“As for me and my household we will serve the Lord.” (Joshua 24:15)
What a beautiful declaration of faith! The Israelite’s gave us these inspiring words almost four thousand years ago. Yet they are words for our time too! In the light of cultural opposition, the Spirit of God is calling us to repeat this declaration in our families. He is asking us to serve the Lord above all other powers that ask for our loyalty! Not easy when we live in a secular minded culture where we must make moral and social choices that go against the prevailing mindset, even sometimes those of relatives and close friends
I saw the fruit of making this sometimes difficult commitment this summer as I traveled with a pilgrimage group to Russia, a nation that has emerged from a Communist, totalitarian government in which Christians of all traditions were tortured and murdered in order to clear the way for atheism to take hold in the culture.
I am old enough to remember when the Soviet Union was in full swing. I recall bomb drills in my grade school- a siren would go off and we would practice hiding under our desks and putting our arms over our heads. (Would it really have made any difference if a nuclear bomb were dropped?) I remember being told how churches had been shut down and destroyed and Christians were being slaughtered. Also, that people who were not killed but refused to be Communist could not get a decent job.
So I was fascinated to travel to Russia this summer. I expected to find a post-Communist, secular culture where religion had been pretty much snuffed out. But, Praise Be to God! I was wrong. This summer I saw that in Russia faith is alive! She is living proof that atheism cannot overcome faith in God so long as God’s faithful believers hold on to him and willingly serve him.
It was uplifting to see new churches springing up all over Moscow—and old still-standing church buildings being rebuilt. It was exciting to visit several monasteries filled with young monks praying and serving the Lord- to meet and speak with them and hear of their faith. It was inspiring to meet with lay leaders of a large, government supported foundation, promoting pro-life and pro-family causes. Wow. Not what I expected.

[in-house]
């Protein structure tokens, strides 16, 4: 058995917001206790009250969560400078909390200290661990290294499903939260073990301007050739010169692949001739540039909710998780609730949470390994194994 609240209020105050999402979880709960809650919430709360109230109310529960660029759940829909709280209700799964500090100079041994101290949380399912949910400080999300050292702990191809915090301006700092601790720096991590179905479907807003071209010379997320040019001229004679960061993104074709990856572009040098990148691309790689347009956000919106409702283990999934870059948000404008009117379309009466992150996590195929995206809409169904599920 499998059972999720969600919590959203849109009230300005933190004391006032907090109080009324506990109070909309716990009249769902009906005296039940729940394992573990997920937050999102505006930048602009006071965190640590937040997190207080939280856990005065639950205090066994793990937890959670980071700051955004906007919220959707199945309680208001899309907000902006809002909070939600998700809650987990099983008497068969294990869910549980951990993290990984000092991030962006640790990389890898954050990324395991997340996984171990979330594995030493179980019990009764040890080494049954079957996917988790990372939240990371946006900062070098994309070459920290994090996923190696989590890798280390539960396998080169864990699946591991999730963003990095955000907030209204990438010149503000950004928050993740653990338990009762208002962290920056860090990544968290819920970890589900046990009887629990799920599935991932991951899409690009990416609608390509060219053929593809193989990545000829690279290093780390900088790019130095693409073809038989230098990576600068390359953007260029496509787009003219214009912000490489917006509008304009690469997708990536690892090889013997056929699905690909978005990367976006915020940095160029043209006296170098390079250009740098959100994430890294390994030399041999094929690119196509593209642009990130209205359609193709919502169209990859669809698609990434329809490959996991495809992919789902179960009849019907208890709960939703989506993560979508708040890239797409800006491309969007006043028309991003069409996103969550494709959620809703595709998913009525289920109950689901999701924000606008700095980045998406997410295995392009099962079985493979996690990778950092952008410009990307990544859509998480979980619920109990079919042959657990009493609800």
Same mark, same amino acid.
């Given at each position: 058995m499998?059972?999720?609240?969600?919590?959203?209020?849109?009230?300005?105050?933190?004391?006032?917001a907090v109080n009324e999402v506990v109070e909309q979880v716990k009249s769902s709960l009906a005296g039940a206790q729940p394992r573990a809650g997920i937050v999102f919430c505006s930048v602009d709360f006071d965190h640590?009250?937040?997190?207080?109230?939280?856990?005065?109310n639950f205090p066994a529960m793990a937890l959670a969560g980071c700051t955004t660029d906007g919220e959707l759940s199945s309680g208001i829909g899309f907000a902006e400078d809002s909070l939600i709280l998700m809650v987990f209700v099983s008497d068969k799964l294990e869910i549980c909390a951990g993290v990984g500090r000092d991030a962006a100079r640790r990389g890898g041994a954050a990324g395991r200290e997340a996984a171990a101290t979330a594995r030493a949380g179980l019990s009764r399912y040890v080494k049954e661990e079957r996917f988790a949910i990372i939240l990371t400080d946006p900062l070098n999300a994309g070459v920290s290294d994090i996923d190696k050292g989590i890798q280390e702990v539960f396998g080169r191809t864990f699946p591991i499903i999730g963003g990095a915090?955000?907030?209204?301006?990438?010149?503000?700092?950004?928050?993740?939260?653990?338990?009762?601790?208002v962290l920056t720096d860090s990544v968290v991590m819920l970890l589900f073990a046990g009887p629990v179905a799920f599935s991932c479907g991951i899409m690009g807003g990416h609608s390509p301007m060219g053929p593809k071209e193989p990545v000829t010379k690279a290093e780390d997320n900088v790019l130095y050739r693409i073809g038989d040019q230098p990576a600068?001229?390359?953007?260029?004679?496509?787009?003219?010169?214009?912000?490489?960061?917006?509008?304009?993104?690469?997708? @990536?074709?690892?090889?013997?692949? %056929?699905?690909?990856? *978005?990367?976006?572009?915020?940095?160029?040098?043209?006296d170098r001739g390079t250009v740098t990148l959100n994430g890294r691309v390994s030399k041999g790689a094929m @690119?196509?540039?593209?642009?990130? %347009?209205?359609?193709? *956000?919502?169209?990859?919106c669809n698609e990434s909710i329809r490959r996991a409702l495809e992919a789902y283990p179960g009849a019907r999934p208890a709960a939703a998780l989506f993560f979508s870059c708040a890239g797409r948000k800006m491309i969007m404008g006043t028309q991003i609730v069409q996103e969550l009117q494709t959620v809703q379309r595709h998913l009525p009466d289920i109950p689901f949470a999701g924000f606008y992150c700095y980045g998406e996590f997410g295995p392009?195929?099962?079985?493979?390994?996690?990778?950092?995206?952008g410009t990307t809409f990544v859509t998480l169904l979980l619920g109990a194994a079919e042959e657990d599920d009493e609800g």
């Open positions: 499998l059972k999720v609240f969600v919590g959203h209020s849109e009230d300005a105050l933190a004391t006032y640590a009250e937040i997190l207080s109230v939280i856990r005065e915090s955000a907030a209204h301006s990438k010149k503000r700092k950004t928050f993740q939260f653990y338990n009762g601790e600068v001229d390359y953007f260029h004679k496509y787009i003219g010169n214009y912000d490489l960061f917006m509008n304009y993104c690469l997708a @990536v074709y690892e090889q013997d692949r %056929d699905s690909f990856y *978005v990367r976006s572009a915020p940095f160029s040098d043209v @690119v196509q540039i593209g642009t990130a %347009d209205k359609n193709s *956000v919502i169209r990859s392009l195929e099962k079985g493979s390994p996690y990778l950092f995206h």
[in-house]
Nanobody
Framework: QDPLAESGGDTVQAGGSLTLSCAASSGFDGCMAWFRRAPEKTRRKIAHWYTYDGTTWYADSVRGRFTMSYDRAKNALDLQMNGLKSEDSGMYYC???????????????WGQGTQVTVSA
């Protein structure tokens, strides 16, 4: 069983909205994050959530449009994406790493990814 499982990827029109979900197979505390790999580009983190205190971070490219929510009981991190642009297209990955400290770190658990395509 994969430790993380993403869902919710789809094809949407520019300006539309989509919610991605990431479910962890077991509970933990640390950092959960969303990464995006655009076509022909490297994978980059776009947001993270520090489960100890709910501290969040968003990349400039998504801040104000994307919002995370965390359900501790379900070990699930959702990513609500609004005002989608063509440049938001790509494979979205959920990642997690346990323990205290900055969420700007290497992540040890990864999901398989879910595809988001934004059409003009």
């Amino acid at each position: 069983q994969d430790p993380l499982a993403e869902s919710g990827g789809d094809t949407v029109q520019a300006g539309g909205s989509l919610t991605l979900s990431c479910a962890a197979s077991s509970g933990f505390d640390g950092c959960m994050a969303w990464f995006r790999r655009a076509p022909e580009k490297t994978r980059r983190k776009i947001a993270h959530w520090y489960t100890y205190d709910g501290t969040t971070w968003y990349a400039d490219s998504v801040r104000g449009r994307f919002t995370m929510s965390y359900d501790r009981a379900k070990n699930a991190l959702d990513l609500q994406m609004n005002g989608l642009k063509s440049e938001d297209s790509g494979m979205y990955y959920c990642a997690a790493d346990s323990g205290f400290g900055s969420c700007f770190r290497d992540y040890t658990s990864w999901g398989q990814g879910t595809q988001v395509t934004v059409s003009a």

Faith never died. Who among us during the Communist era those many years ago knew that many households were quietly holding on to their faith? Grandmothers, in particular, were said to be quietly catechizing the youth and secretly bringing babies to baptism (or baptizing them themselves) Many fathers willingly allowed themselves to be bypassed for good jobs by refusing to join the Communist party. Sacrifices were made to “serve the Lord.”
Then, after 70 years, Communism fell. Undoubtedly the fall was linked to the prayers of the Christians in Russia. It was linked to the prayers worldwide under the inspiration of Our Lady of Fatima who specifically asked for prayers for the conversion of Russia! Wow the iron curtain fell!
I was so privileged to witness the revival of Christianity in the Russian culture this past month. My group was able to tour the incredibly beautiful new Cathedral of Christ the Savior built with millions of dollars that have come into Moscow from Russian Orthodox Christians all over the country. It is built on a high hill in the middle of Moscow for all to see and makes a statement: Christianity is not dead!
We visited a beautiful restored Catholic Cathedral also and attended the first Mass of a newly ordained priest. Present were a large group of Sisters of Charity. It was a joy.
But the predominate Church in Russia is the Orthodox. We saw many young adults with children in hand filling these churches. The liturgies lasted several hours yet there were young adults devoutly worshiping, standing the whole time, because the Orthodox churches characteristically have no pews!
And those holy monks. They told stories of being baptized quietly in their families during the Communist years. Later, they heard the call to religious life and said “yes.” Certainly they are living proof that the seeds of martyrs produced many fruits of faith in Russia. Such faith began in families who stood firm against under incredible pressure saying, “As for me and my family, we will serve the Lord!”
May we do the same. As secularism continues to pressure us to compromise with our faith, may we be inspired by those in Russia who held firm under far more intimidating pressures. Dear Lord, give us grace, strength and peace!
About the Author:
Carol Marquardt has worked for many years in lay ministry in the Catholic Diocese of St. Petersburg, Florida. Before beginning the development of the Our Fiat materials and Mantle of Mary Association, she served as adult education director, catechumenate director, retreat house director, and charismatic prayer group leader.